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An Inspector Calls

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Introduction

English Coursework - 'An Inspector Calls' 'An Inspector Calls' is a murder mystery written in the form of a play set in 1912 and is written by J.B. Priestly. It revolves around one family of a high social status - the Birlings. The play begins with the family celebrating the engagement of their daughter, Sheila, to a man called Gerald Croft. Their celebration is interrupted by a call from an Inspector, making inquiries about a young girl called Eva Smith who has just died from swallowing a large amount of disinfectant. The Inspector then begins to question each member of the family to uncover their part in Eva's death. Priestly uses each character, including the Inspector, to teach the audience very important life lessons - both individual and collective responsibility. 'An Inspector Calls' has been called a modern day morality play because Priestly uses his characters to represent the many different people in the world and tries to bring them all together in a family unit to teach them a very important lesson. The lessons learnt can be applied to everyone's daily life, regardless of their status/situation and the lesson is one of moral values. This lesson is learnt through the Inspector and Priestly reinforces his main message through the layout and language of the play e.g. the dramatic irony, plain irony and varied characters making sure that everyone can identify to at least one and perhaps learn a lesson from them. Priestly's main theme of the play is that we are all responsible for each other and we all have to think about our actions and what effect they will have on others. This is shown mainly through the parts that each family member play in the death of Eva Smith. Although not entirely to blame, each family member in some way contributed to her death. Even Gerald, one who is not yet in this family, was entwined in a web of immoral behaviour and deceit. ...read more.

Middle

Girl of that class..." Both the endings of these two statements show that Mrs Birling has absolutely no compassion and is simply not bothered with those of a lower class. When asked by the Inspector who she blamed, she says not only the girl but also the father. Mrs Birling is very naive and acts quite idiotically as she implicates Eric. Sheila and the Inspector both realise this, clear from where Sheila begs her mother to stop. Mrs Birling does not realise that by the way she is talking she is getting her son into more and more trouble. This is one of various occasions where Priestly uses dramatic irony. We, the audience, realise the full impact of Mrs Birling's speech and how she is unknowingly convicting her own son. Dramatic Impact is used at the end of Mrs Birling's speech, at the end of Act Two, which ends with Eric entering the house and both the Inspector and Sheila, as well as Mrs Birling, looking apprehensively towards the door as Sheila begs her mother to keep quiet. Later on, after the departure of the inspector, Mrs Birling claims that she was not fooled by the inspector and did not succumb to his ability to draw out information, which is a blatant lie. The Birling's son, Eric, is used by Priestly to show two main themes of "An Inspector Calls." Eric shows, through sleeping with Eva because "she was a good sport" and through stealing money, that people of a high social class do not necessarily have the better morals. We can also see from the different morals of Eva and Eric - she not accepting stolen money - that a lower social class does not equal worse morals and visa versa (according to Mrs Birling and public opinion Eva have worse morals) and Eva has in fact got better morals than Eric! It also shows how dysfunctional the Birling family actually is: a family with such a high social status and an abundance of wealth does not equal good family life. ...read more.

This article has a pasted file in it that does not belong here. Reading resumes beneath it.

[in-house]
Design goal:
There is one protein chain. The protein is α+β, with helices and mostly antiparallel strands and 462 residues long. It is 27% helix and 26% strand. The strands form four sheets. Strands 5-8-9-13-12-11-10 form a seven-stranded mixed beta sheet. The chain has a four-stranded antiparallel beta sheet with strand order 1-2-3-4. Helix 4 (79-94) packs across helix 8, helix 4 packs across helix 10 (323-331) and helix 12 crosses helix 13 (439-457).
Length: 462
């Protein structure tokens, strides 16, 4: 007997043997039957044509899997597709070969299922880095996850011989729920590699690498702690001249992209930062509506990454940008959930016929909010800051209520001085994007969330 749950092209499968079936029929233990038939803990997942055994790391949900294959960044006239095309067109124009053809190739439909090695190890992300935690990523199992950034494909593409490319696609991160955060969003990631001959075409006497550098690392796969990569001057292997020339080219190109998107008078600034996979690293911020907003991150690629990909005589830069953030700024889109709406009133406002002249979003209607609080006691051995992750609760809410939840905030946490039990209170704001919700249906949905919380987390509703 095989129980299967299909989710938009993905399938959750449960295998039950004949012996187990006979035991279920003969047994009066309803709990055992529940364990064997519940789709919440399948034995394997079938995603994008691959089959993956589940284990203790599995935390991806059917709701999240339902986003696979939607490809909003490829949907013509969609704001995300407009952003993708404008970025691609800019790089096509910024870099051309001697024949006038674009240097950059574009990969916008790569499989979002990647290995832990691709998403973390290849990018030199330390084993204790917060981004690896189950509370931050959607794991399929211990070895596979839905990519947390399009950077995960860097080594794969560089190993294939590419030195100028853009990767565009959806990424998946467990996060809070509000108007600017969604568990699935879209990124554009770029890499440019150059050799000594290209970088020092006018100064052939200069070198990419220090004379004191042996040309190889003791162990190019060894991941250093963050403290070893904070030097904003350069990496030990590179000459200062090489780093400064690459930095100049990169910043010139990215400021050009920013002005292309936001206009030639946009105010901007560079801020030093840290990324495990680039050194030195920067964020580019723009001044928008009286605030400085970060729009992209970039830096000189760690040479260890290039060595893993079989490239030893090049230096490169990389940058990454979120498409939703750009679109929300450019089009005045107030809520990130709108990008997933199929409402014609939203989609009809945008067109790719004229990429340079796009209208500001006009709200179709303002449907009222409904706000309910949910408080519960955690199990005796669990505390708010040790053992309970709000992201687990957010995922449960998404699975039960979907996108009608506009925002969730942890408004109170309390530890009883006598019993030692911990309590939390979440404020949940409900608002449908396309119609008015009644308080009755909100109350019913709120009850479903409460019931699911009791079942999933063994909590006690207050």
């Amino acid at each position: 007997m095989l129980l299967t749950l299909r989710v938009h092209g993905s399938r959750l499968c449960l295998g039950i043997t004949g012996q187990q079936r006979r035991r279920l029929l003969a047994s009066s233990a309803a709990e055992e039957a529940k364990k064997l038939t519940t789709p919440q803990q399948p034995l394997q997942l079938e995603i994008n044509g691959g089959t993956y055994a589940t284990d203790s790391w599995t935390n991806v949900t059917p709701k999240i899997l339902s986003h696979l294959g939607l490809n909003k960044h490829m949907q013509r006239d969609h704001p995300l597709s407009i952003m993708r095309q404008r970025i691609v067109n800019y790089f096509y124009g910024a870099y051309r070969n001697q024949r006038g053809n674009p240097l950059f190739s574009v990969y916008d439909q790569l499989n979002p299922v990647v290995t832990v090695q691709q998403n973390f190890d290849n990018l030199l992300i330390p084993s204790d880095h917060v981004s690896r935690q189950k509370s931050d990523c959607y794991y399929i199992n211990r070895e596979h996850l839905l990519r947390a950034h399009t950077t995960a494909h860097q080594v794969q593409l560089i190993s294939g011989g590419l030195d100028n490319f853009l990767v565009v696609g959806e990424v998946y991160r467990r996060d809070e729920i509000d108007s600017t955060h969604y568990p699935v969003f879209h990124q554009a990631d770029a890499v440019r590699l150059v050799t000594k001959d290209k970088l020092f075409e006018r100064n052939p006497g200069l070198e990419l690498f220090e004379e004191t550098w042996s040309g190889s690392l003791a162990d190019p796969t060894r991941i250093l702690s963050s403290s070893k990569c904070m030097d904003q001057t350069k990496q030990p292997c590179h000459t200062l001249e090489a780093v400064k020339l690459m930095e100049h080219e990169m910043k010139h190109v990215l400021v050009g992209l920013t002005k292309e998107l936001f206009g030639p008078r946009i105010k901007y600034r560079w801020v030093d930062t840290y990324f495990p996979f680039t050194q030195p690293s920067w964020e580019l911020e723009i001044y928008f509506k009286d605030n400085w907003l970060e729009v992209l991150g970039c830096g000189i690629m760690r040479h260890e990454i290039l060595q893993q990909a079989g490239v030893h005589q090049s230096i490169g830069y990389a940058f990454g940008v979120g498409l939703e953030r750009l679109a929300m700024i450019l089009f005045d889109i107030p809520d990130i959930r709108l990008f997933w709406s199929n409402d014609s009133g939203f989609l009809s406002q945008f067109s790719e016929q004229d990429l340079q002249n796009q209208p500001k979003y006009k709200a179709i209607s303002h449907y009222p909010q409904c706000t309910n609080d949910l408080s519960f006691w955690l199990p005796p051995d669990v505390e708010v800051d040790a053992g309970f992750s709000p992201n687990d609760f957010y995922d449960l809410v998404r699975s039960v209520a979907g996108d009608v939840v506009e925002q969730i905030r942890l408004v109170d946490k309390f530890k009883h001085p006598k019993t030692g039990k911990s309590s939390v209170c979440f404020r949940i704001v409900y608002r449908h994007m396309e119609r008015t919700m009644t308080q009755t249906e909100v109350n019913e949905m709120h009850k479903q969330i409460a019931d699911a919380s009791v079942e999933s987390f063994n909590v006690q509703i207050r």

Conclusion

Priestly ends the play in this way leaving the audience to ponder as to whether, having failed the first time, they will take their second chance from the real Inspector. I think that the reason this play is written in 1945 but set in 1912 is because Priestly had witnessed two world wars and feels that something has to be done about it. He chooses 1912 because of the social and historical background of this period. From 1900 until 1912 there was a series of riots and strikes in a bid for higher wages, welfare and benefit for the homeless, poor and the needy. By 1911 there were nationwide violent riots with 200,000 on strike. By choosing 1912, people will think back to the period before and after and perhaps see how the messages of the play can be seen throughout history. If people had perhaps been concerned with others there may not have been so much striking leading to riots and thousands of deaths. There would not have been so much poverty, so much depression. By using a detective story, Priestly was capturing the audience's attention - thrillers were very popular in that period. As well as being of detective genre it is also a play with a message - everyone is as important as everyone else, regardless of class and we are all responsible for each other. Priestly's play is called a modern day morality pay because many lessons can be learnt from it. Priestly emphasises these main morals through the characters and uses dramatic devices to convey these messages and to have a harsh impact on the audience. The main morals I learnt from this play is that we must all examine our own consciences' - symbolised by the Inspector and that we have to learn from the past in order to shape the future and by learning from these experiences we can become better people. The tile 'An Inspector Calls' does not represent someone specific - 'AN'. This could refer to anyone showing that the message apply to us all. 1 Gemma Hersh 11JS ...read more.

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